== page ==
Subs and planes to communicate
A new miniature radar will allow submarine radars to exchange messages with plane radar systems.
For years, engineers have been frustrated that submarines cannot communicate with planes, but now, scientists from the MIT in the US have found a solution. Submarines emit sonar via sound waves that travel easily through water, whereas planes use radio waves or radar, electromagnetic waves, which function in air. Hence, the surface of the water used to be an impenetrable wall.
The MIT scientists have invented a method, which can “translate” the sonar’s sound waves into signals that can be read by a radar. The idea is to use a radar with wavelengths that are substantially shorter than traditional ones, i.e. a millimetre radar which can register the small ripples on the water that occur, when sound waves from a sonar hit it from beneath. In this way, the scientists use the water surface as a translating link.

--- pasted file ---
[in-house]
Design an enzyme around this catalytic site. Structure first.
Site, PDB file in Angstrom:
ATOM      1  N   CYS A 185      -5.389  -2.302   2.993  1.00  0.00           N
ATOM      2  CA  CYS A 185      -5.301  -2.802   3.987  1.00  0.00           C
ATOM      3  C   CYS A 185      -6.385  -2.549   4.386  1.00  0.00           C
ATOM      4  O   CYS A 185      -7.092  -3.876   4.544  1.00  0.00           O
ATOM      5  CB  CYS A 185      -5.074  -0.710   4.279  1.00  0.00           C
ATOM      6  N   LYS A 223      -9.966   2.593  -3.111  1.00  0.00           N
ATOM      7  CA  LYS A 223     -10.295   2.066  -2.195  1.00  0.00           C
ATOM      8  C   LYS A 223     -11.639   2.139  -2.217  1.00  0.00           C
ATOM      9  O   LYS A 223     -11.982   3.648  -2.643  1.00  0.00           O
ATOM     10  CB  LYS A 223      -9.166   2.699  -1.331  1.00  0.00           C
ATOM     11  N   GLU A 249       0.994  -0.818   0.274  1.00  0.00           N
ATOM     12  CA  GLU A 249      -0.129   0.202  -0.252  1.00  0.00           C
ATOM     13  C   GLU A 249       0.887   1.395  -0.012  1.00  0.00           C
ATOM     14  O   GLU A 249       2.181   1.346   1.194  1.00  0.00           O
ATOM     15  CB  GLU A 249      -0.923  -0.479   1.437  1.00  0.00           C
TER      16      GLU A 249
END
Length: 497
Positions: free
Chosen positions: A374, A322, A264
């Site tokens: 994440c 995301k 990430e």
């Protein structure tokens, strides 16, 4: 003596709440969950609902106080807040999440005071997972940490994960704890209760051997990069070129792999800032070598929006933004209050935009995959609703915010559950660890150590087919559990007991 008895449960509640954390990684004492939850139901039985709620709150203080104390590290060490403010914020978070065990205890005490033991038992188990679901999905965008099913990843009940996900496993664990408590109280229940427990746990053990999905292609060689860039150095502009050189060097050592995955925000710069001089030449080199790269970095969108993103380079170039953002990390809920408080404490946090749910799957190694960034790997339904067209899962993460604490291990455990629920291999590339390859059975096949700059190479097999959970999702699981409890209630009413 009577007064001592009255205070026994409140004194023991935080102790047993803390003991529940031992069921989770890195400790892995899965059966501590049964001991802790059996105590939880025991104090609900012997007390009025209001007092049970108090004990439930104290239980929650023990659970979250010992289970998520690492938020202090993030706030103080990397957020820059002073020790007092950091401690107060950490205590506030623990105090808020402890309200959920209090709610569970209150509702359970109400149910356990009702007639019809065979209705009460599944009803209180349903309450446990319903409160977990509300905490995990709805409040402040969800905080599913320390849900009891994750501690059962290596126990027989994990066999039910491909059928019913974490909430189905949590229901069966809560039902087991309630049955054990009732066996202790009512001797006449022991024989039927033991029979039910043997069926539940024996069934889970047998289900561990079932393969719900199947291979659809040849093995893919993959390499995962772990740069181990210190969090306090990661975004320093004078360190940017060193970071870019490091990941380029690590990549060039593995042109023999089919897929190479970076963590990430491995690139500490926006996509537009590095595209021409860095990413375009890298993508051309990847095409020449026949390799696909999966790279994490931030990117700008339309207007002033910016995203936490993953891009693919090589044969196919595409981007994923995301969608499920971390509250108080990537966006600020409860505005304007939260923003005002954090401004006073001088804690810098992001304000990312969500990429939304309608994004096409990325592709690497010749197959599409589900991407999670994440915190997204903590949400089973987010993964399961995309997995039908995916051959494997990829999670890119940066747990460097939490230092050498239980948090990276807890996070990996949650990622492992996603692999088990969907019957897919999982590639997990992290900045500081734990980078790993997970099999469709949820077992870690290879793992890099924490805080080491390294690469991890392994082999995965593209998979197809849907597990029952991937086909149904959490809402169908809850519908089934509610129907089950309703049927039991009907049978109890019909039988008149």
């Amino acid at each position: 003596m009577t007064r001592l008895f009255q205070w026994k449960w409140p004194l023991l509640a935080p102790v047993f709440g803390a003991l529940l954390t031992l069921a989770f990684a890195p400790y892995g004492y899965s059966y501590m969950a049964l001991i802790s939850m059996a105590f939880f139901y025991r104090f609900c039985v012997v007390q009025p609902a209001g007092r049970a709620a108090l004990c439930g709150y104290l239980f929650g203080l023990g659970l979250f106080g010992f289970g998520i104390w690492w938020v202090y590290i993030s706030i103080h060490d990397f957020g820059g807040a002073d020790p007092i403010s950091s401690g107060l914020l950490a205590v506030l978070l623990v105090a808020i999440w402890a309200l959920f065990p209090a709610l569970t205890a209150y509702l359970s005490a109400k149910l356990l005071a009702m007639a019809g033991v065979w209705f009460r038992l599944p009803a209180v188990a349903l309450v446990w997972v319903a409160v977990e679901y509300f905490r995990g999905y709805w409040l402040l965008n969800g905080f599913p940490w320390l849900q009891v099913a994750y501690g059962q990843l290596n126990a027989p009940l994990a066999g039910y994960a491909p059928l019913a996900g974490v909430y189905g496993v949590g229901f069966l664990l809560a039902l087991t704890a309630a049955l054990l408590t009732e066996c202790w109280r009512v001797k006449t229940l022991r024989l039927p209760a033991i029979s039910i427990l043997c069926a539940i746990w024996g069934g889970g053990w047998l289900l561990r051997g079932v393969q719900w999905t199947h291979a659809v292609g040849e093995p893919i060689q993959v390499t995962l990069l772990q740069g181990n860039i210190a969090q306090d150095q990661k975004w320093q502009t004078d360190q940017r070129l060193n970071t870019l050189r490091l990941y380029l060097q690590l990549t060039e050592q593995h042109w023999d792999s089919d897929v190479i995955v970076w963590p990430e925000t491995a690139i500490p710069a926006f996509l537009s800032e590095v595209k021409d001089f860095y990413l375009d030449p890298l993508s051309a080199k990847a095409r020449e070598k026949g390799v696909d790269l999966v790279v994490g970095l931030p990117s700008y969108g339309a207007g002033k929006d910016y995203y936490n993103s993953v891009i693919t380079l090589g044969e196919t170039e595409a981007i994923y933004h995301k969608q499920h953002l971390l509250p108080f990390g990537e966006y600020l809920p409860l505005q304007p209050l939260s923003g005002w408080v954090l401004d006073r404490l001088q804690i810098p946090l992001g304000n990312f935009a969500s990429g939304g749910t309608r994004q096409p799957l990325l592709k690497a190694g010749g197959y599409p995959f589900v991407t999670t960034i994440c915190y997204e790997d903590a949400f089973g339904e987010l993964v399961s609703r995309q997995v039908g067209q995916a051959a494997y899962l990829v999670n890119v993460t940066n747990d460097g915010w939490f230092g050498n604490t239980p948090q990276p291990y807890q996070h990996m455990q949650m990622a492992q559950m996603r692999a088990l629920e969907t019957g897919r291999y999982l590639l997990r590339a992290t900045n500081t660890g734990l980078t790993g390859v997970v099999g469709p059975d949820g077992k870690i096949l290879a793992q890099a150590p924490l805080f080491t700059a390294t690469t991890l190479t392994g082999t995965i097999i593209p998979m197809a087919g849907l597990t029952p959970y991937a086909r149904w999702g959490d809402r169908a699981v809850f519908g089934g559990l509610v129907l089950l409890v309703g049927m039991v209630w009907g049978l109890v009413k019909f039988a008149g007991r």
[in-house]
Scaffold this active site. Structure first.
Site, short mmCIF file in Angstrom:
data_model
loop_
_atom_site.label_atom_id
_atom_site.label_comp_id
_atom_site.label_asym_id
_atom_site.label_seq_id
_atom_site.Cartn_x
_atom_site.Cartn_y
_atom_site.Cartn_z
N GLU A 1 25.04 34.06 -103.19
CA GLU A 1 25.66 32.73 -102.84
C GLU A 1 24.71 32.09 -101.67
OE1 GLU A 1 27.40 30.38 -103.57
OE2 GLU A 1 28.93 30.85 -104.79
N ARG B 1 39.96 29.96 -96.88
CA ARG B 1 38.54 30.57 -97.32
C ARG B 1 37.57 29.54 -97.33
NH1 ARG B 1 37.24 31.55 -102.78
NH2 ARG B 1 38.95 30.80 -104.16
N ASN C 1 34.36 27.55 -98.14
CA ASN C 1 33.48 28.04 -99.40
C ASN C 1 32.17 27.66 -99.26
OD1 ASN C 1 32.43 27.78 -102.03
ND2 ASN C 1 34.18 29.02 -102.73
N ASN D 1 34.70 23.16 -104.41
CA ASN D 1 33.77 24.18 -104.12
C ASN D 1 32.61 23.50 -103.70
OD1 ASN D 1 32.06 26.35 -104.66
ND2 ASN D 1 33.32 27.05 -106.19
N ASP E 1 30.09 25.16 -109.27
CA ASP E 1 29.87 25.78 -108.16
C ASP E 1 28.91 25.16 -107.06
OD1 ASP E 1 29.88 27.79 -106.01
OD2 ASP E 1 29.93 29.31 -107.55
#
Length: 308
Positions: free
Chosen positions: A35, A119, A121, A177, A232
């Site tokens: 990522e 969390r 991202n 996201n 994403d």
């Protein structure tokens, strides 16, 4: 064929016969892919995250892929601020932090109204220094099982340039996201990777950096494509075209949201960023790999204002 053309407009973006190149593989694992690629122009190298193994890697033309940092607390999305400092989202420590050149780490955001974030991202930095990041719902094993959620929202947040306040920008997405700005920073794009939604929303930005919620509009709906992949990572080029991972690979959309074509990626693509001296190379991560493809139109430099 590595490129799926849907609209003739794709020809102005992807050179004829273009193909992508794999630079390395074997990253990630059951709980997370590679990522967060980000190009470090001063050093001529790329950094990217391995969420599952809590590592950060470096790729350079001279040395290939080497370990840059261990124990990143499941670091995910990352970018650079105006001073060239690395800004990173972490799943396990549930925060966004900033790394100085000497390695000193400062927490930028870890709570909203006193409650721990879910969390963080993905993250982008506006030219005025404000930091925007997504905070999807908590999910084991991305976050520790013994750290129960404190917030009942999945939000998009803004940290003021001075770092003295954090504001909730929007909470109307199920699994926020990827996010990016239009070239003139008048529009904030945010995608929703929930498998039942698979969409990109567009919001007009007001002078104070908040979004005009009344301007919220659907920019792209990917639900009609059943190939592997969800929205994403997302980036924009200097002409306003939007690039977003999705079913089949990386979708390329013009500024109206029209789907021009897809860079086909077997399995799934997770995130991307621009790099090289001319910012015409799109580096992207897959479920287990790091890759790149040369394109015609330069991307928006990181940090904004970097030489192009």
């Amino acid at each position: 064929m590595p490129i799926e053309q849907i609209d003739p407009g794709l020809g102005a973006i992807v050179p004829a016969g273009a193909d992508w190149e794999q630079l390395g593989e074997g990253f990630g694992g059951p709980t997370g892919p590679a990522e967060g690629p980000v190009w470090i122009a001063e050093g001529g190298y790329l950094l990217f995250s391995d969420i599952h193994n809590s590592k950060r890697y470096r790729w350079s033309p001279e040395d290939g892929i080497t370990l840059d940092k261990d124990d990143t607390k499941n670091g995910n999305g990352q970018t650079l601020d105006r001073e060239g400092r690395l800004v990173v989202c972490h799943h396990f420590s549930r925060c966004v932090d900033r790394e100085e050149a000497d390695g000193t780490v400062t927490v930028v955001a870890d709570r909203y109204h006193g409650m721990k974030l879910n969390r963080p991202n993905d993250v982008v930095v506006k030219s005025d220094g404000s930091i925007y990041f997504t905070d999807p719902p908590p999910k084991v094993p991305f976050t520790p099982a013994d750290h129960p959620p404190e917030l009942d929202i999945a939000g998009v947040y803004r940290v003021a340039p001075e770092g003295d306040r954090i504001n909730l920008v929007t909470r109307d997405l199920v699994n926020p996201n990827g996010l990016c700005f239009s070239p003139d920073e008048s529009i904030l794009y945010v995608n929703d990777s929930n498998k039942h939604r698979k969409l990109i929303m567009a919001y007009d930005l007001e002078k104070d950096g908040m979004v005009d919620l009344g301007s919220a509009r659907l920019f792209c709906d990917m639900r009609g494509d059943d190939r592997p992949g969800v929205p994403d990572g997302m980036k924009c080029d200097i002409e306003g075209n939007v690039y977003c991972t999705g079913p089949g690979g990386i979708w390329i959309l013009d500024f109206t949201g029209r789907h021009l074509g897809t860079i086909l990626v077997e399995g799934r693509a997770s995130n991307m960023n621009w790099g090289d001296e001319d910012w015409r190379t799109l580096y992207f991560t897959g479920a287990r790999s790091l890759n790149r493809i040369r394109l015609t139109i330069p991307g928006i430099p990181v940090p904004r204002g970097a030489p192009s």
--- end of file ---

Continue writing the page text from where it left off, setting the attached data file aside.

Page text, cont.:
In the lab, the message “Hello from under water” was transmitted as digital information from an underwater speaker to a millimetre radar. The scientists also tested the system in a basin, in which they could decode the signals in spite of both acoustic disruption under the water and up to 8-cm-high waves on the surface. The scientists now aim to improve the method, which opens wide perspectives. Biologists can use drones to collect data about temperature and currents from underwater sensors, and it will also be easier to find planes that have wrecked in the ocean.
In the lab, scientists sent a digital message from an underwater loud-speaker to a radar in the air.